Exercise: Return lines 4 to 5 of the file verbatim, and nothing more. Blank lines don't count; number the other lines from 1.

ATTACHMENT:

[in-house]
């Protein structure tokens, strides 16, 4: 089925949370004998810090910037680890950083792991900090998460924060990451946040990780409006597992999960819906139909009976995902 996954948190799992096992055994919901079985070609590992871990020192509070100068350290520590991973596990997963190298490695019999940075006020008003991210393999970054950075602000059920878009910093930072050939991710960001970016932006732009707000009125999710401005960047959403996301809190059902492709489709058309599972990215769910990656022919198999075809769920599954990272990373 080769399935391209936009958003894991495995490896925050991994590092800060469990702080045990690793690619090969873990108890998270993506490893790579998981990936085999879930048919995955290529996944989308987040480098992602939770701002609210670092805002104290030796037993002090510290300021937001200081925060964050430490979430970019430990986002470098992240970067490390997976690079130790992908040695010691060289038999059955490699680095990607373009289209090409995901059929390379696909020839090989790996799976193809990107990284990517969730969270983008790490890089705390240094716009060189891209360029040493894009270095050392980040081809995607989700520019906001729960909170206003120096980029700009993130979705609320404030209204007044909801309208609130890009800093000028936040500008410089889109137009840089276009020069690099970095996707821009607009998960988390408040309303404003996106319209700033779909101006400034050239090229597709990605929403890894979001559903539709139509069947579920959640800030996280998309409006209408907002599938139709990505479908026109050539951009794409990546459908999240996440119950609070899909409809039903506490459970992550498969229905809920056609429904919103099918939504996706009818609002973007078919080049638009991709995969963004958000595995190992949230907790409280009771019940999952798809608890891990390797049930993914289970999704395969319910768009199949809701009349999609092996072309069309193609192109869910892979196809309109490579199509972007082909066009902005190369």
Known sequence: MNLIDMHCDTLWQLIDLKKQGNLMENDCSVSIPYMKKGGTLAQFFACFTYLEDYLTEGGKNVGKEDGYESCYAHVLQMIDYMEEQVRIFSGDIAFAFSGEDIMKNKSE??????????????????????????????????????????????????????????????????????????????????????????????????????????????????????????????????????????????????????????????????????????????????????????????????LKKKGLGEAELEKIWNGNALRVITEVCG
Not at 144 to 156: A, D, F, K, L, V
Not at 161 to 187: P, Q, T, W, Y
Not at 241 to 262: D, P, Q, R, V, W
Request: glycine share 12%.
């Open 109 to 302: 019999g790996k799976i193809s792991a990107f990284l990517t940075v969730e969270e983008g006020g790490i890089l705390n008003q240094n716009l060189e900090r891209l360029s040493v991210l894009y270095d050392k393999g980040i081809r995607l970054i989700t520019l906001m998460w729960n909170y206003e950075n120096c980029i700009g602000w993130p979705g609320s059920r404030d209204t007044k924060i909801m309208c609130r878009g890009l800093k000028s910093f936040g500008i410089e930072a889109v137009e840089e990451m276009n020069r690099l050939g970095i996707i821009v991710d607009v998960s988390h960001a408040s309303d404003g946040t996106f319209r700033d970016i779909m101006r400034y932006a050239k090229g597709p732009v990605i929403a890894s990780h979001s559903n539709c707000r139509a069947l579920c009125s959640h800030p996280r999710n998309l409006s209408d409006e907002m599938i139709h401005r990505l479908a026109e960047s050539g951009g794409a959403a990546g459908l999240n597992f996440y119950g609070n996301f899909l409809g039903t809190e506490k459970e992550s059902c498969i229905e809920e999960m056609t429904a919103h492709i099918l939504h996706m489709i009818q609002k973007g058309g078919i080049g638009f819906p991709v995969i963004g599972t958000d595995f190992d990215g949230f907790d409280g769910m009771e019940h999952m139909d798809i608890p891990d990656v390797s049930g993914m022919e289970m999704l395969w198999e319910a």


Not at 144 to 156: A, D, F, K, L, V
Not at 161 to 187: P, Q, T, W, Y